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Aberdare Range

Related subjects: African Geography

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Waterfall in Aberdare Range

The Aberdare Range (formerly, the Sattima Range, Kikuyu: Nyandarua) is a 160 km long mountain range of upland north of Kenya's capital of Nairobi with an average elevation is 11,000 feet (3,350 m). It is located in west central Kenya, northeast of Naivasha and Gilgil and just south of the Equator. It forms a section of the eastern rim of the Great Rift Valley running from the Kinangop Plateau, to the Laikipia Escarpment, roughly north to south. On the east, the range falls off steeply into the Great Rift Valley and views of Lake Naivasha and the distant Mau Escarpment can be seen.

The Aberdare Range has an average elevation of 12,000 - 13,000 feet above sea level and is heavily-forested. Much of the range has been protected within the Aberdare National Park since its creation in 1950. The range attracts large numbers of hikers and climbers, operating out of the main centers of Naivasha and Gilgil. The lower slopes are farmed, while higher areas are known for their wildlife. The Rhino Charge is an annual event run by conservationists in Kenya to pay for fencing off the Aberdare National Park as a means of protecting East Africa's largest indigenous forest from destruction.

The former name of the range survives still in Oldoinyo la Satima ("the mountain of the young bull"); at 4,001 meters (13,120 feet), it is the highest peak in the Aberdare Range. Mount Kenya (5,199 m, 17,057 ft), the second highest mountain in Africa (after Kilimanjaro), lies several kilometres east of the Aberdare Range.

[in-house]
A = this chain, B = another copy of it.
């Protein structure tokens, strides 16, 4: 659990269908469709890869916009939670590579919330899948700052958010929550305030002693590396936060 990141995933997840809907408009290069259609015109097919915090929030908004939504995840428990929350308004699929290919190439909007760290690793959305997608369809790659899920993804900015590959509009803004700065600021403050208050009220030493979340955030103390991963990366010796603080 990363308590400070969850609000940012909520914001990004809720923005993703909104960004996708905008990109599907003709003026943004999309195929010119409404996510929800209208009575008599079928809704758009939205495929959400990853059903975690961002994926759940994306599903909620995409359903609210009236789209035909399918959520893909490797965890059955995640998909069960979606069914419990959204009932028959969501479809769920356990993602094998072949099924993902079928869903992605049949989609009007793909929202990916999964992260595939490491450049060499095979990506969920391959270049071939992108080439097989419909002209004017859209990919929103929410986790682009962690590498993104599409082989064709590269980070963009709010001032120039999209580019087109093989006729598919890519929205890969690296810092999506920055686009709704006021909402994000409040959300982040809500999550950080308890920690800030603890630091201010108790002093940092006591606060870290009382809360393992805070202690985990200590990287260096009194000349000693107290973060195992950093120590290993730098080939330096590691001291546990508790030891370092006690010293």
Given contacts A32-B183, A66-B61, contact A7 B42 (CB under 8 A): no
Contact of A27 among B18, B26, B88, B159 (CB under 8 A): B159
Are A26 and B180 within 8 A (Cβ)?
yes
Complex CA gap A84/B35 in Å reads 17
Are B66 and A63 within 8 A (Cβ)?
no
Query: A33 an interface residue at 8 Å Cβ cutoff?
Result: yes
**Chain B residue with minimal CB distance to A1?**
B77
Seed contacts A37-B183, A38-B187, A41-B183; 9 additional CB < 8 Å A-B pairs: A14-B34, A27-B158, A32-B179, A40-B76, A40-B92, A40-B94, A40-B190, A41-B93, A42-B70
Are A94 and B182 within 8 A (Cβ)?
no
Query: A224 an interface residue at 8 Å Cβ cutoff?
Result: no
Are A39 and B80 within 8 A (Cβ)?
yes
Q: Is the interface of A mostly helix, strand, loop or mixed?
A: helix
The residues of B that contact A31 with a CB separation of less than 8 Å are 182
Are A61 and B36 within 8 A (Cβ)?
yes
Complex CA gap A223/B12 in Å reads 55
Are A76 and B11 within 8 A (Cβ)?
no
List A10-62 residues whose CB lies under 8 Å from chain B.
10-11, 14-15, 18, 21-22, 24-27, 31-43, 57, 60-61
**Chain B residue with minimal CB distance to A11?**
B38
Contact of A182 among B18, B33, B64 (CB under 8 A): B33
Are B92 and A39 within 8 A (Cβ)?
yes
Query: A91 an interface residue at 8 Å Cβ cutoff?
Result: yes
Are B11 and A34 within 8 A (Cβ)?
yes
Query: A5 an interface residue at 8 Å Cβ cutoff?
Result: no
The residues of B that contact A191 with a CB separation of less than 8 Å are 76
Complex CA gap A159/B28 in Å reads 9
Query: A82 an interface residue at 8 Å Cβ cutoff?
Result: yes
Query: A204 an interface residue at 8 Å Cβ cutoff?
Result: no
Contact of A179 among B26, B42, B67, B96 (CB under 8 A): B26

The area is well known as the headquarters of Dedan Kimathi, leader the 1950s Mau Mau Uprising. Also, Queen Elizabeth became Queen of the United Kingdom while vacationing in the Aberdares. It was also the site where J.A. Hunter killed the Rogue elephant of Aberdare Forest.


The Aberdares are the water catchments for the Sasumua dam and the Ndakaini dam, which provide most of the water for Nairobi. The mountain forests are catchment areas for the Tana River, the largest river in Kenya, supplying water to the Seven Forks hydropower plants generating over 55 percent of Kenya’s total electricity output.


The main ecosystems within the mountain range are the rainforest giving way to dense bamboo forests and then to moorland. The steep western edges of the hillside is sparsely inhabited by wildlife compared the forested gentle slopes to the east which is home to a wide variety of wildlife. There are multitudes of elephant, buffalo, giant forest hog as well as the endangered Black Rhino. A variety of cats can be spotted including leopards and the rare African Golden Cat. Other threatened fauna can be found, including the Jackson mongoose. The black and white Colobus monkey and Sykes monkey are plentiful , as are waterbuck, reedbuck, duikers, serval cats and bushbuck.

The Aberdares contain a rich diversity of vegetation. There are 778 vegetation and plant species, subspecies and varieties found in the Aberdare National Park, due to the park's the altitude and rainfall. Hardwood trees include camphor, Cedar, Podo and Hagenia.

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